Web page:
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PostThu Dec 28, 2017 2:03 pm 
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Schroder wrote:
The area cited in this article is a public watershed

Indeed. As I said, it is not designated Wilderness.

But again people are showing that they only know a single local example. Not all watersheds are treated the same as Cedar or Tolt Rivers for Seattle.

Consider the Redmond Watershed, which has a network of trails. Though it's also not really used as a water supply, so it's a bad example. But I can site plenty of good ones: in CA, Marin, East Bay, SF, Arcata all have watersheds which allow multiple users on trails, though there are arguments in some of them about resource protection (user groups, water, plants, animals).

Consider the Fairmont Park System of Philadelphia, which was one the first large urban parks and created for watershed protection. It's still both.

Consider the Ware watershed I referenced. Did you read the article? You can *drive your car* within the watershed today, but certain trails are closed to all users. The public record disclosures discussed in the article show the officials desperately searching to find how mountain bikes caused issues, and failing to find them closed trails to all users. Even though their own records showed water quality increasing at the same time usage (among all users) was increasing.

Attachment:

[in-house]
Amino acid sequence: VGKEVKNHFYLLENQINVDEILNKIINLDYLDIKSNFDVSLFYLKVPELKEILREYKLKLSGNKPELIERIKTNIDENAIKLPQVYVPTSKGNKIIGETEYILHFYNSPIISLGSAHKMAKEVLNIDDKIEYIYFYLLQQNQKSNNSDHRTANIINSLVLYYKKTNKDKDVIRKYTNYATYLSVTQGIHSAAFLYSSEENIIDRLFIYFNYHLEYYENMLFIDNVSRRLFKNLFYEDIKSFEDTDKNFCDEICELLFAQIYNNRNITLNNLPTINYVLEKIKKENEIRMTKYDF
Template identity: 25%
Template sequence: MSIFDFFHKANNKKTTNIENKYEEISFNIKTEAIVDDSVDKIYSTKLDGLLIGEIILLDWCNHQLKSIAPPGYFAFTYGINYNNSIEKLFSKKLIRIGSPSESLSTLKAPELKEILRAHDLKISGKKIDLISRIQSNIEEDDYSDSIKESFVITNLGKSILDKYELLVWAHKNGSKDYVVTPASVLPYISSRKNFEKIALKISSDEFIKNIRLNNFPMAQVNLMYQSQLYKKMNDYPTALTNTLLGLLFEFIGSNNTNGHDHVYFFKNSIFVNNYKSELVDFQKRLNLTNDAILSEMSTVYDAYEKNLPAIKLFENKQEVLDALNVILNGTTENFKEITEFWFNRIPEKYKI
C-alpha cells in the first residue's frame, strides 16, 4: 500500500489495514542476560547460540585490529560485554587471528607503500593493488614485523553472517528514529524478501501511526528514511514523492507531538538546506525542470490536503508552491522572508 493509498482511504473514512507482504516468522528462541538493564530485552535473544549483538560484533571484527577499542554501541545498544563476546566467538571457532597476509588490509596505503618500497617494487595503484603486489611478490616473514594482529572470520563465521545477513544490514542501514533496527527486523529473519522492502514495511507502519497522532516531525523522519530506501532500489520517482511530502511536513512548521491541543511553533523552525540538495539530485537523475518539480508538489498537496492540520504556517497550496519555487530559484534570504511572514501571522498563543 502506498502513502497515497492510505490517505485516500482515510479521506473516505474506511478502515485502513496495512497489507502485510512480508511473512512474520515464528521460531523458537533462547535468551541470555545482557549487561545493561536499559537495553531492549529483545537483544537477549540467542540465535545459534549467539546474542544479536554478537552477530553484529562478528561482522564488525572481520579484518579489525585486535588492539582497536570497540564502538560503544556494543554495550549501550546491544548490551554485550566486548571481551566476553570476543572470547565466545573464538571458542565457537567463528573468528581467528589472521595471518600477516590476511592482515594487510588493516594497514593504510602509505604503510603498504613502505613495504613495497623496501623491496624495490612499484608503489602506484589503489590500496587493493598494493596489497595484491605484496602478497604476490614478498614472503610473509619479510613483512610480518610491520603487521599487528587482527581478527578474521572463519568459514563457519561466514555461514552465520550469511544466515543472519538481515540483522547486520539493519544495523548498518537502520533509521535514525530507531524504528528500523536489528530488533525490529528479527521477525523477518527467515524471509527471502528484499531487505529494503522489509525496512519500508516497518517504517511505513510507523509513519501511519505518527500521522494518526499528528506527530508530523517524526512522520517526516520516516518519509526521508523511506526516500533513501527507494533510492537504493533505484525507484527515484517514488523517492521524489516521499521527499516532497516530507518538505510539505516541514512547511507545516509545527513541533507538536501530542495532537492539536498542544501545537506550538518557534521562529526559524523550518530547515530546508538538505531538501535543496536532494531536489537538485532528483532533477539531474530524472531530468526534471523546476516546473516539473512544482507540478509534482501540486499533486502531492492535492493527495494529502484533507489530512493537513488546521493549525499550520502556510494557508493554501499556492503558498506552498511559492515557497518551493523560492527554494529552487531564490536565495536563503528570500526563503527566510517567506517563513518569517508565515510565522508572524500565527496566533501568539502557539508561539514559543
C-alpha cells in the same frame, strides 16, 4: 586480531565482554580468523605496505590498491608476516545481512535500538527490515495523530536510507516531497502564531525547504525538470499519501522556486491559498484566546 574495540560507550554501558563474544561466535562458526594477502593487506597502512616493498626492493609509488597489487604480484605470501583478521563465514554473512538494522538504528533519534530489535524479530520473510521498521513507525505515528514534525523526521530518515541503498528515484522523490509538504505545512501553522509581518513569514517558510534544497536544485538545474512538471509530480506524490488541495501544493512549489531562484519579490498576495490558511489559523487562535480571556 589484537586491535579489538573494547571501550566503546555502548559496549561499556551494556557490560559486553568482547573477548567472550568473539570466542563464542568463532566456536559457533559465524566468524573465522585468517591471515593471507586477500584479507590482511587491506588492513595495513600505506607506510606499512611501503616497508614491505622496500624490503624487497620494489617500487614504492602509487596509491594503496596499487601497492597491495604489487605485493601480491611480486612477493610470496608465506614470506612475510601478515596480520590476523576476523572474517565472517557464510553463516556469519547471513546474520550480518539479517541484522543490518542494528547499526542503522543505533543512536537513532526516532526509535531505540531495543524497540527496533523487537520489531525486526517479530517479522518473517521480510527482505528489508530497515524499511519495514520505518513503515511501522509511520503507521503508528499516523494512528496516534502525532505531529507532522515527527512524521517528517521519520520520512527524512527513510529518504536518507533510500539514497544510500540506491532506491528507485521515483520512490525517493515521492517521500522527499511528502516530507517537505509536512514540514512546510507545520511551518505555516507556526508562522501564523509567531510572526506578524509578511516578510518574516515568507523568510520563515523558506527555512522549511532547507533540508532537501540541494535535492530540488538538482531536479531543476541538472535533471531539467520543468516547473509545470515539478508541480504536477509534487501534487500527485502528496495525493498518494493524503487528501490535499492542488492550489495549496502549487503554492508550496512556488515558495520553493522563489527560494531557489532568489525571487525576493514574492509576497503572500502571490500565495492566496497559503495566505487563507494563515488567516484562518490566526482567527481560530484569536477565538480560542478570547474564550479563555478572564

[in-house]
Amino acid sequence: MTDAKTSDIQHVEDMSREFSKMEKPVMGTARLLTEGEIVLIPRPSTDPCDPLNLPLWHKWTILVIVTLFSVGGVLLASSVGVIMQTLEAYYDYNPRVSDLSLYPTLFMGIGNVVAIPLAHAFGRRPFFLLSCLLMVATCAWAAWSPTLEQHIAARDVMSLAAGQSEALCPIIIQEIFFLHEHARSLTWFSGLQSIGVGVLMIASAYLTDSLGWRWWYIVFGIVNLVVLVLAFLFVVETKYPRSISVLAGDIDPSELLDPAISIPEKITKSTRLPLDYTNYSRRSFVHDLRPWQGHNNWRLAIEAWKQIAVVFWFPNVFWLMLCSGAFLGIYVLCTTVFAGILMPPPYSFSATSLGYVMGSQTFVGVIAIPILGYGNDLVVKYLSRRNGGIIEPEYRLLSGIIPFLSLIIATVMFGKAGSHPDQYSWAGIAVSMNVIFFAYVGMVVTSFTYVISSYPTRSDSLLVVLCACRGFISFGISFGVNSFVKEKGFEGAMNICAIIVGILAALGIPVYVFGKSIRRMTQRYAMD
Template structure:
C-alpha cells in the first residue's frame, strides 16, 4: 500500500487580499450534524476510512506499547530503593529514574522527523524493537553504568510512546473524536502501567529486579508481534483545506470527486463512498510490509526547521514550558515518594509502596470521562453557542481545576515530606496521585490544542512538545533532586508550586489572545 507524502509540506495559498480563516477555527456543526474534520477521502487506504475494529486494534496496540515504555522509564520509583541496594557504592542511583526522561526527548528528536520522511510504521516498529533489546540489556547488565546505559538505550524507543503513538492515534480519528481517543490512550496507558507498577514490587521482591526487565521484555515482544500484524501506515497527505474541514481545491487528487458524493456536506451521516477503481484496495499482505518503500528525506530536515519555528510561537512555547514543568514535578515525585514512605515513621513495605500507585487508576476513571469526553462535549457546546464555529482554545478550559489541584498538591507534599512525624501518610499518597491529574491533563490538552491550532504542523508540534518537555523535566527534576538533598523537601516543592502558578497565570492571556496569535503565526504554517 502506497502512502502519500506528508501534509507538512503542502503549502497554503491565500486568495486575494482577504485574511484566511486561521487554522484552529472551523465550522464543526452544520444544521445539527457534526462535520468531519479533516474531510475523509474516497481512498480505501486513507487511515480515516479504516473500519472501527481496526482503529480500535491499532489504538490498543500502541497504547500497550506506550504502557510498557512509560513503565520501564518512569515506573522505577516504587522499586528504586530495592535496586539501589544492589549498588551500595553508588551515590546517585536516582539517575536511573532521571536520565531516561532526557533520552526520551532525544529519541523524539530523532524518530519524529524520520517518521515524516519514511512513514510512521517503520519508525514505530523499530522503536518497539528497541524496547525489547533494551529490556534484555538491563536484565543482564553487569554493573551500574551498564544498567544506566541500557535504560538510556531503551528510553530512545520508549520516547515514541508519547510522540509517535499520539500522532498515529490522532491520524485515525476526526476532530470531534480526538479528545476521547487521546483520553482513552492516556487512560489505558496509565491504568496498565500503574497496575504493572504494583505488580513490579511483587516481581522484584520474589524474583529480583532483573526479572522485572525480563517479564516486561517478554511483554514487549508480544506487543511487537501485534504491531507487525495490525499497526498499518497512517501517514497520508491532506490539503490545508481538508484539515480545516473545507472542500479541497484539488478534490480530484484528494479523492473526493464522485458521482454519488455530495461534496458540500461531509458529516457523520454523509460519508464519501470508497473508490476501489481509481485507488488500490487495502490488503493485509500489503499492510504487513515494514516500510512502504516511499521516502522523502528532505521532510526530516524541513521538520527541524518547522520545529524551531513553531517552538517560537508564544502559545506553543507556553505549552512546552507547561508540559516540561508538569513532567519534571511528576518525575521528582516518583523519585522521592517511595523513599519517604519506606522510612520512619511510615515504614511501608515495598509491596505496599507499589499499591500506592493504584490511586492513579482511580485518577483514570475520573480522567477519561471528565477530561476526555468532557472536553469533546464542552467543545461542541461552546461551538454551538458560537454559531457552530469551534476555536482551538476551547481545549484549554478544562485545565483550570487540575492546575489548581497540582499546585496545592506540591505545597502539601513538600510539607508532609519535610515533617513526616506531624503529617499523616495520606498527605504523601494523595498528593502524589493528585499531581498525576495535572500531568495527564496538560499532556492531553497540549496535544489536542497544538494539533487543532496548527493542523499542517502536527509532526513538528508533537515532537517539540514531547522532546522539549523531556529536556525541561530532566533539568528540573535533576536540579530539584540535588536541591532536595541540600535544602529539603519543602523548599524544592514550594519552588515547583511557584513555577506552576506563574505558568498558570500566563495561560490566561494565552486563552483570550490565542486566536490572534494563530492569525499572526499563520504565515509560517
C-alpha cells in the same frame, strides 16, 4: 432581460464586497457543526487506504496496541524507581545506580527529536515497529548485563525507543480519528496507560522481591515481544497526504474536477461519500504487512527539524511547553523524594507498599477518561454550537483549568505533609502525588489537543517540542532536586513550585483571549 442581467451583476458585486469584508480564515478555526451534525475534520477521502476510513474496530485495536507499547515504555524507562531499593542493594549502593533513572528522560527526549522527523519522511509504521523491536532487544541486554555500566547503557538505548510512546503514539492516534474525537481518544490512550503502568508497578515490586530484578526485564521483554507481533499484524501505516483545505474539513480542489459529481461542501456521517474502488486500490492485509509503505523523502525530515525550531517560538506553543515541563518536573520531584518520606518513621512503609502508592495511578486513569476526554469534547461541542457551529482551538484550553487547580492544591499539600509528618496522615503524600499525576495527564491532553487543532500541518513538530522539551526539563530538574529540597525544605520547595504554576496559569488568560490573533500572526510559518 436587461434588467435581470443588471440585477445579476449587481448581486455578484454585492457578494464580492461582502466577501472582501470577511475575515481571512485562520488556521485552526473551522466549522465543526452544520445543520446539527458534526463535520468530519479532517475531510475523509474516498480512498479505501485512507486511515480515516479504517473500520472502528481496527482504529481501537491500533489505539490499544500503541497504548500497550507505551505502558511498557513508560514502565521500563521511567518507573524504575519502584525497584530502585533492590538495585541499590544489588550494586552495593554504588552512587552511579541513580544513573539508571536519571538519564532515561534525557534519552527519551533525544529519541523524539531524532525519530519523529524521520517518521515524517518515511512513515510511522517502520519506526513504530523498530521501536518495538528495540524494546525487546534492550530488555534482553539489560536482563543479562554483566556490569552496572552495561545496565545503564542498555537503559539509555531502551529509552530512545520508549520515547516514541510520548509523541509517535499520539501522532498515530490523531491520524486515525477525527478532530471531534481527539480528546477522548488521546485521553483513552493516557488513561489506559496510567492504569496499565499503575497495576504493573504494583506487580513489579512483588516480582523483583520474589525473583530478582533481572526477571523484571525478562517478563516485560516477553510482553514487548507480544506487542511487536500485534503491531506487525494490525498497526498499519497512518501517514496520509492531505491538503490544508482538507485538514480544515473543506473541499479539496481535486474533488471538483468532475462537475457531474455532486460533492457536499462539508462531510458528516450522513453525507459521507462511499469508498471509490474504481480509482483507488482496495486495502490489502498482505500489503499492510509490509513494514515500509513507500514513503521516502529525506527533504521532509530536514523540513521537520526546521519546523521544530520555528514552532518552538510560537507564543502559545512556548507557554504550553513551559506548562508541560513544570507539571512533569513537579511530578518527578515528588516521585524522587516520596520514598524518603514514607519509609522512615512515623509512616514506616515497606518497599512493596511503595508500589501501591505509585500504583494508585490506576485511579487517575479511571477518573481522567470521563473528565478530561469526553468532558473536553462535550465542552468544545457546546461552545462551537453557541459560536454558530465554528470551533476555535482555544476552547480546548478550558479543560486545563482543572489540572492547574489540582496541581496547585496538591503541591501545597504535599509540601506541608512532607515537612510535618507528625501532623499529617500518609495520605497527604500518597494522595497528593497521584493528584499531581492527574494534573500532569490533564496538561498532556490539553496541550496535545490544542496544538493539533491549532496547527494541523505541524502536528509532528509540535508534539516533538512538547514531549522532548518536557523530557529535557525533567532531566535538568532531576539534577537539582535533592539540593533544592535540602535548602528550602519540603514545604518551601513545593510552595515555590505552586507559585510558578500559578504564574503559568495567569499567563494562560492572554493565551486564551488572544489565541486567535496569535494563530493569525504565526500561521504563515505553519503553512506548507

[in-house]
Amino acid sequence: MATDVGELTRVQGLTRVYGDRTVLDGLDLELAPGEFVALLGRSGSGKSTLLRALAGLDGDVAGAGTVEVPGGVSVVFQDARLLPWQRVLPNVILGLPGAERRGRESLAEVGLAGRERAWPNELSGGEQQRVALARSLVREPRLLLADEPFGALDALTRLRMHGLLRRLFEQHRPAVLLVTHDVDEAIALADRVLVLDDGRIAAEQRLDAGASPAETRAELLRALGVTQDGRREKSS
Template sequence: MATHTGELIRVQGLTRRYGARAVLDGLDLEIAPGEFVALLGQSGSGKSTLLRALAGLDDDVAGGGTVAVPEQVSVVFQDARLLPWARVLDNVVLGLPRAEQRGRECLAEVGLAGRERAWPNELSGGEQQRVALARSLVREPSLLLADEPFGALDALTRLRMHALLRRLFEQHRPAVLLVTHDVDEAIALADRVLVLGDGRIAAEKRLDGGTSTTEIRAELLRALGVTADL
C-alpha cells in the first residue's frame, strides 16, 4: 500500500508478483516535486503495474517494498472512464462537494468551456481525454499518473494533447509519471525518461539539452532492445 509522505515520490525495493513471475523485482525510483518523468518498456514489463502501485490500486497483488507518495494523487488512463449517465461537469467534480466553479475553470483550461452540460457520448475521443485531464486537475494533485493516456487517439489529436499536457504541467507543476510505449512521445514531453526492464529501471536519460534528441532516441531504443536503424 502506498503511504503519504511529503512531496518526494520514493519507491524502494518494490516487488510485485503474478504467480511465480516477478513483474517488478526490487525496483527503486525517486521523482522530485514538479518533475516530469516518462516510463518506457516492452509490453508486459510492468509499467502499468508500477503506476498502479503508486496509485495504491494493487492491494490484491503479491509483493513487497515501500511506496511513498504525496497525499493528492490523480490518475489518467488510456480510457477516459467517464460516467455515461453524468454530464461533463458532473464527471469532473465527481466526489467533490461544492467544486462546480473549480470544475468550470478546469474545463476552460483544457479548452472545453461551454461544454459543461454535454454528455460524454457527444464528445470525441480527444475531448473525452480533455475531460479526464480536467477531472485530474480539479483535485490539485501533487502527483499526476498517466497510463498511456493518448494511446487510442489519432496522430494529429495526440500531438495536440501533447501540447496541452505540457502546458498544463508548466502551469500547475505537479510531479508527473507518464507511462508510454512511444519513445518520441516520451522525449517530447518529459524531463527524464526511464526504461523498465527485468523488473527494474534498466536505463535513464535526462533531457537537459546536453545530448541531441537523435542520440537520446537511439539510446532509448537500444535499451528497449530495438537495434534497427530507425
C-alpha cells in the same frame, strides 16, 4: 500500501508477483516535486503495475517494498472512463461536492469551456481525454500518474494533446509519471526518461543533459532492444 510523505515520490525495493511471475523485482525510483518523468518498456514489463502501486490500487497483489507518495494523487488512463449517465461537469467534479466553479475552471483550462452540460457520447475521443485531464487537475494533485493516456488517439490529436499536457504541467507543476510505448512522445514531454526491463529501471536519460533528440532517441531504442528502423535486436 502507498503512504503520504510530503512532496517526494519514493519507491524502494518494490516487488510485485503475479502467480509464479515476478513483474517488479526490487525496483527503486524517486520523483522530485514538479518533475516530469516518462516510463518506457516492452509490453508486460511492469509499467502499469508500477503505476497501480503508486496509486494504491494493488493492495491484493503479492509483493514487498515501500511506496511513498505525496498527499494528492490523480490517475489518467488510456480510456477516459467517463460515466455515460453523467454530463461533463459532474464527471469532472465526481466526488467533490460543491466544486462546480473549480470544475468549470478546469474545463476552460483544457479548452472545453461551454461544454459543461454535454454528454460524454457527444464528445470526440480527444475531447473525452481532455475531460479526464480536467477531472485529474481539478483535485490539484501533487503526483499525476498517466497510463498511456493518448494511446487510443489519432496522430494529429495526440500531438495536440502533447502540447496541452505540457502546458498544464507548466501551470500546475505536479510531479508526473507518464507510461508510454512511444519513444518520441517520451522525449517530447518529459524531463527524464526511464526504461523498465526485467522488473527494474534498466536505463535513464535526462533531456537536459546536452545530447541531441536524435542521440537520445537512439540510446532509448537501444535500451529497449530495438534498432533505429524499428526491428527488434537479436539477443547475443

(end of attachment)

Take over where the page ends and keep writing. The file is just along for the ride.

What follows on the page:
Again, this is a political/philosophical issue. Both for Wilderness (fed designation) and other designations.  It has little to do with science or actual risks to resources or users.
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PostThu Dec 28, 2017 4:46 pm 
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No, these watersheds are just bad examples to use. Many of ours used to be open as well and they are open for logging and some for hunting but very tightly controlled. They're closed due to perceived risks to public health rather than any proven risk.  Spada Lake/Sultan Basin is still open only because it was a condition of the dam's original operating license to allow recreation.  If P.U.D. and Everett Water had their way it would be off-limits to all the public.

Some cities open their sewage lagoons to walking and riding; others have them closed off with 10' cyclone fences and razor wire.

Most of the private logging roads used to be open for travel also, but they began to shut them all down in the 80's.
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PostThu Dec 28, 2017 5:28 pm 
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Wouldn't be surprising if they'd rather fence everything off, generally institutions just want the simplest and most controlling thing. But their mandate apparently includes recreation, as do various other agencies who got land by eminent domain in the mid 20th century. (Is that what happened in Everett?)

But they weren't closed for just resource protection. Travel is allowed on roads and also cross country, just not on trails.

Take a look at this map:
http://www.nemba.org/sites/default/files/PDF%20%20Files/wrw_nemba_map_20161123.pdf

I can't tell what was actually closed--maybe everything in blue? See how the roads (orange) cross into red areas (presumably that's the important category)


And yeah, I suspect that the un-checkerboarding of property in the west is leading to loss of access. In the past it was to both sides (private/public) to allow access so each could get to each other's land in a simple fashion. But now that they have it all, they go for the institutional model of 'protect myself', most simply done with exclusion. But that has very little to do with Land Designation.
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Forum Index > Stewardship > Wheels in wilderness bill gets hearing.
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